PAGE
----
The best time to consider installing smart glass is during a building’s construction; however, retrofitting an existing building is perfectly doable. As we saw with View’s recent Netflix work, it just needs a little more effort given that each window requires a wire to be run into the wall or through the ceiling. Kinestral, however, is focusing on new constructions in the short term. “[It’s] mainly because it allows us to work directly with architects and general contractors to optimize the overall system design from scratch, but we see the retrofit market as an important long-term focus,” said Henricksen.
The application of electrochromic smart glass in business environments is an obvious one, given that many modern office blocks are constructed nearly entirely of glass. With hundreds or thousands of people working all day and often into the evening, optimizing indoor light and temperatures organically, as opposed to relying on expensive air conditioning or electric lights, could save companies big bucks in the long term.
But away from corporate facades, View already has a large roster of clients from other areas using its smart window technology, including the San Francisco 49ers’ Levi’s Stadium, South Irving Library in Texas, NASA’s Sustainability Base in Mountain View, Humber River Hospital in Toronto, and a bunch of other facilities including schools, universities, and government buildings.
While the less smart thermochromic windows are already being used in residential buildings, how close are we to seeing electrochromic glass installed domestically? Well, according to View, it’s already happening.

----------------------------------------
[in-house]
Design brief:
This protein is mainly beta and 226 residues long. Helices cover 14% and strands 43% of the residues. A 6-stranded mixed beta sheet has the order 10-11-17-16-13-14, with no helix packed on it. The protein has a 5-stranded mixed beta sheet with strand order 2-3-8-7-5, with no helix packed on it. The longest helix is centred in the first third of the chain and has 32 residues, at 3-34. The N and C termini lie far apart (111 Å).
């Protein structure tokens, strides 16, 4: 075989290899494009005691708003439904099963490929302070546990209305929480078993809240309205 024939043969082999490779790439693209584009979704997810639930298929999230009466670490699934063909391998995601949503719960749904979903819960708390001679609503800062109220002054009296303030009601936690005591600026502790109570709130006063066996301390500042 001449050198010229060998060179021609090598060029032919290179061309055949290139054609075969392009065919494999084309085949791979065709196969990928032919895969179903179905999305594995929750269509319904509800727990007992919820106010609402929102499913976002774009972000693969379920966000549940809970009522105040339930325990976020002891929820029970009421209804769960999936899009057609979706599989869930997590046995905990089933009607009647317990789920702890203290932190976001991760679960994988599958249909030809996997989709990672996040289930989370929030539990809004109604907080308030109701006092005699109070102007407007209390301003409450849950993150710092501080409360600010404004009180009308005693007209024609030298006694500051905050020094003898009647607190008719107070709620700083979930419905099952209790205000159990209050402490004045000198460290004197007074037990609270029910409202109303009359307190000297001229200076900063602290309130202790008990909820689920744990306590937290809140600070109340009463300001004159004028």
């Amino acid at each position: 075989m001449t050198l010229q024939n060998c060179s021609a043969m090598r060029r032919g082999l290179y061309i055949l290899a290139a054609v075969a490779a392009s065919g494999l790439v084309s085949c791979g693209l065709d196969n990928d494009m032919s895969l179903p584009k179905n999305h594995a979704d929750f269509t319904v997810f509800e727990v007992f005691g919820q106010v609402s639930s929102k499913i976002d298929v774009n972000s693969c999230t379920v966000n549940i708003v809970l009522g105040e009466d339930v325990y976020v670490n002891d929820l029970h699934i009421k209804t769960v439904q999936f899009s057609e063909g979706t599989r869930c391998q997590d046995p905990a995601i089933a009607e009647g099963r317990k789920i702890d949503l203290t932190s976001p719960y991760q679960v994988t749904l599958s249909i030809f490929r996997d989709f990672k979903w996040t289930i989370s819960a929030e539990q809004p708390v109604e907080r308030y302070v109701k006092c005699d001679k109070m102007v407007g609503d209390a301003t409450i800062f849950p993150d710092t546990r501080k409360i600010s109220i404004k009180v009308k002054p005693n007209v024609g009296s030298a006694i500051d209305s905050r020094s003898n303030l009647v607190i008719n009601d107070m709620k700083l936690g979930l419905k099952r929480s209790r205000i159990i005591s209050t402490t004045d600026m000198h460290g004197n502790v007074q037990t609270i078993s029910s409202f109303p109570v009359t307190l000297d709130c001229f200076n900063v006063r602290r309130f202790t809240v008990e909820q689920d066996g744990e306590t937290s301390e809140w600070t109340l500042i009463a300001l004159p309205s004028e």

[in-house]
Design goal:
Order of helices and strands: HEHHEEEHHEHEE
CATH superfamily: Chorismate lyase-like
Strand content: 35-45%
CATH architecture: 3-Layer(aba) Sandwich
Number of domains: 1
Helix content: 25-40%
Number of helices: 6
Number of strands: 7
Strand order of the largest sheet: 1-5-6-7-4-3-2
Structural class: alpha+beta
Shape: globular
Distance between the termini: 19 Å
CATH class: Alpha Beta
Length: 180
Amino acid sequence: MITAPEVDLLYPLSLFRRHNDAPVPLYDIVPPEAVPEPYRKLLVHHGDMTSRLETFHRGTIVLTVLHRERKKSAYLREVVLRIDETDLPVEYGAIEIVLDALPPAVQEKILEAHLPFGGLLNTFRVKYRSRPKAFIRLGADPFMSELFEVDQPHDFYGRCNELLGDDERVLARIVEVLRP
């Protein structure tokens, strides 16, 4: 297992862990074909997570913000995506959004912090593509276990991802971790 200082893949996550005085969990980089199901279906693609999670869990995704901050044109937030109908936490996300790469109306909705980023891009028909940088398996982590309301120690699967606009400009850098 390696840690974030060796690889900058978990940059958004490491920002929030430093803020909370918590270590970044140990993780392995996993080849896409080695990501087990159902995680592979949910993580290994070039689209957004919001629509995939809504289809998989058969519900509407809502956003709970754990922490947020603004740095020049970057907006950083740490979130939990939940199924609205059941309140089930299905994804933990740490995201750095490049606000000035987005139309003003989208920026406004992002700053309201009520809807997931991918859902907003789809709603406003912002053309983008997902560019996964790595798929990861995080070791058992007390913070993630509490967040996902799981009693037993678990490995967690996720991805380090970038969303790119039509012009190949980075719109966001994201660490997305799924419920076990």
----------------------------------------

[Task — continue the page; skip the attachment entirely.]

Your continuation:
“As dynamic glass continues to achieve mainstream adoption, its use is beginning to gain traction in residential real estate as well, especially in the construction of high-rise multifamily projects,” explained Klawuhn. “Whether at work or home, more and more people are realizing that the benefits of productivity, wellness and sustainability from dynamic glass are everywhere. View has completed multiple multifamily (high- and low-rises) [installations], and has several residential projects in progress.”
Commercial buildings may still be the main market for EC glass for now, but we’re seeing a steady shift toward smart glass adoption within the residential realm. And this is something Kinestral hopes to capitalize on in the future too.
“Those who have been in this market have focused on commercial buildings because they tend to be larger scale projects,” continued Henricksen. “We are certainly targeting those as well, but from the start, we always had residential installations in mind because Halio is so beautiful and easy to use. Maybe it’s timing, but everyone who sees Halio in person tells us about rooms in their homes where they’d love to have Halio. Since we announced Halio in December, we have been getting calls from consumers who want the product in their homes. We think residential will be big for us.”
With companies such as Gentex already infiltrating the automotive and aerospace industries with its smart glass technology, this helps to highlight a whole world of opportunities for emerging companies such as Kinestral. “Transportation, including cars, planes, and yachts, would definitely benefit from Halio technology — you can be sure that this is an area we are looking at closely,” added Henricksen.
Looking further into the future, there are other potential use cases for the same chemical process that powers EC smart glass — and it may involve materials other than glass, according to Kinestral. But when asked to elaborate, Henricksen said: “We can’t give specifics on future products at this stage.”
Where opportunities lie, challenges are normally not far behind. A world in which the word “curtains” evokes a similar nostalgic reaction to that of the typewriter today is still some way off, but long-standing players such as Sage and Gentex have been laying the foundations for smart glass for a while, and more recent entrants such as Kinestral and View will strive to push the technology to the next level in terms of reach.